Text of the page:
Until circa 1990, Americans had taken seriously the relationship between appropriations and democracy. House and Senate used to divide the Executive departments’ requests for funds and programs into multiple categories and sub-categories. Then many committees and subcommittees held hearings on each item, followed by “mark-up” sessions in which each would be modified and voted on. Thereafter, the full House and Senate would debate, amend, approve or disapprove them, one by one. This was “regular order” – more or less as described in civics books.

This changed at first gradually in the 1980s, when Democrats (and Republicans) who were resisting the Reagan Administration’s efforts to trim government figured out that individual appropriations bills delayed until the end of the fiscal year could be rolled together into “omnibus” bills. These could be advertised as merely “continuing” the current year’s programs and spending levels. In reality, these all-in-one bills 1) protected current programs from scrutiny, amendment, or repeal 2) were stuffed with new favors, programs, provisions and priorities that could not have survived an open process.

[….]

…. the Republican leadership, by acquiescing in the practice of funding the government by Continuing Resolutions rather than by individual appropriations has emasculated the most virile means by which mankind has ever limited government.

Continue reading here.

And, so here we are again, in the fall of 2016, and Congress is doing the same damn thing!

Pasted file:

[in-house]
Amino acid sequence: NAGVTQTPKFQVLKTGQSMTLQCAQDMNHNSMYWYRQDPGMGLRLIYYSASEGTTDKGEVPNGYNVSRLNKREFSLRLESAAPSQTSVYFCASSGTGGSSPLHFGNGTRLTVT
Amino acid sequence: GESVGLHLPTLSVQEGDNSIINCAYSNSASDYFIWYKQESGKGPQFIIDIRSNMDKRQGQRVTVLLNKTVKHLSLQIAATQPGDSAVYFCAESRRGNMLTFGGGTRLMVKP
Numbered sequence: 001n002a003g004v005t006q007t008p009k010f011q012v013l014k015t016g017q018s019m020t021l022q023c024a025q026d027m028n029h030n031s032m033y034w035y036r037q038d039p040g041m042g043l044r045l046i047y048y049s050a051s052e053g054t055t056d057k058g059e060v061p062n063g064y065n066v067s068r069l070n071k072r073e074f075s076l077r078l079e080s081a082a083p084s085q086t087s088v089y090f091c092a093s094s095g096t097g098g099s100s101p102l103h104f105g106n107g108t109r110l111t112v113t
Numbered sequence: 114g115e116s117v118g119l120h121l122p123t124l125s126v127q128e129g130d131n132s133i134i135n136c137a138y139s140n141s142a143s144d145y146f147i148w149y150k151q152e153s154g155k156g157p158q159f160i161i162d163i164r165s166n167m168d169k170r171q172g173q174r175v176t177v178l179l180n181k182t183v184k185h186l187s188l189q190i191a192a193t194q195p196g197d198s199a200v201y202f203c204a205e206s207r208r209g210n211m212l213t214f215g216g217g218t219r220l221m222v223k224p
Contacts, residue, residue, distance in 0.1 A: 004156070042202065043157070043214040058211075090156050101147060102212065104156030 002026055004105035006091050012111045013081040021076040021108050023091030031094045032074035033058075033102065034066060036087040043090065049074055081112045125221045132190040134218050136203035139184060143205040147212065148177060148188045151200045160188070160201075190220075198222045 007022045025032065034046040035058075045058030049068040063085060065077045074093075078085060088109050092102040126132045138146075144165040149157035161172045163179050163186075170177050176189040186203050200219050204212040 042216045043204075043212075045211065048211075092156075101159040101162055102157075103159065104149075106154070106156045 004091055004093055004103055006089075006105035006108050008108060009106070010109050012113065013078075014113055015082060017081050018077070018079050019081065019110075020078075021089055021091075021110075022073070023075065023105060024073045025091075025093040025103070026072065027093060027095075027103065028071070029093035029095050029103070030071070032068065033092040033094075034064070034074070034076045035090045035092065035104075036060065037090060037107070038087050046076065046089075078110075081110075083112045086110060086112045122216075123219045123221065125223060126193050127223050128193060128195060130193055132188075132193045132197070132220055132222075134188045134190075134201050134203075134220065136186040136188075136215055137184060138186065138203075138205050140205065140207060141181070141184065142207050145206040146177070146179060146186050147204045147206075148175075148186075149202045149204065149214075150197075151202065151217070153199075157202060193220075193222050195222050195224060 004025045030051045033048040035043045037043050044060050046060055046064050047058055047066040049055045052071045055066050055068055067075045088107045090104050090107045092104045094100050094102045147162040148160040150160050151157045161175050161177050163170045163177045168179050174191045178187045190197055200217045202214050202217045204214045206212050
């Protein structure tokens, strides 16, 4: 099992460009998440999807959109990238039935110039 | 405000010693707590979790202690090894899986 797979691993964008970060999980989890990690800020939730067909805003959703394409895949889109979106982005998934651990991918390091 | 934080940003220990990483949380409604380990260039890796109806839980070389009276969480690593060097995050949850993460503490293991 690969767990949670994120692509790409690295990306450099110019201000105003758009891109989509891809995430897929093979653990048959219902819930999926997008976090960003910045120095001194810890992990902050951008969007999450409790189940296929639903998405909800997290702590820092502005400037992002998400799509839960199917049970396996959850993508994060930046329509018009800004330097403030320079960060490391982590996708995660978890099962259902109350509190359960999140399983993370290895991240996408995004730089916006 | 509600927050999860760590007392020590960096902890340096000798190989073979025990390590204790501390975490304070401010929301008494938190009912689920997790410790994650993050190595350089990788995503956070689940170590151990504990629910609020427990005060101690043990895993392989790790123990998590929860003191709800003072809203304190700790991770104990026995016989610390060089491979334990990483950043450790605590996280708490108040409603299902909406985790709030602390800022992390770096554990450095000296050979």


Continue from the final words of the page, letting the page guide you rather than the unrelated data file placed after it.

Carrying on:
If you are saying, it is too late this year (maybe next year will be a better year if Trump is President) and these mostly globalists we have elected are never going to rein-in (in our case) the out of control spending for the US Refugee Admissions Program, then quit reading right now.

But, I say that even if we have not even a snowball’s chance in hell of slowing the flow of our money to this program, we must still let everyone of our Congressmen and US Senators know we are mad as hell about it and we aren’t going to forget what they are doing to America!

At this point I should be linking contact information for you to contact your Washington ‘lawmakers,’ but I won’t because if you don’t know by now how to find them you are part of the problem. Tell them to shut it down now!

Next, more on the House Freedom Caucus and how you are being played!

See my tag ‘Where is Congress’ for more on funding refugee resettlement.  Forget Obama and forget the Dems, the power is in the hands of the Republicans in the House and Senate!

Update: Be sure to see what the Refugee Council USA (the lobbying arm of the refugee industry) is saying about contacting Congress, here. Remember they mention RRW in their toolkit.

3 Responses to “The continuing budget resolution has destroyed Congress’ power to limit government”

  1. […] The continuing budget resolution has destroyed Congress’ power to limit government September 9, 2016 […]

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  2. Reblogged this on Kerberos616.

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  3. Well said, Ann.

    Liked by 1 person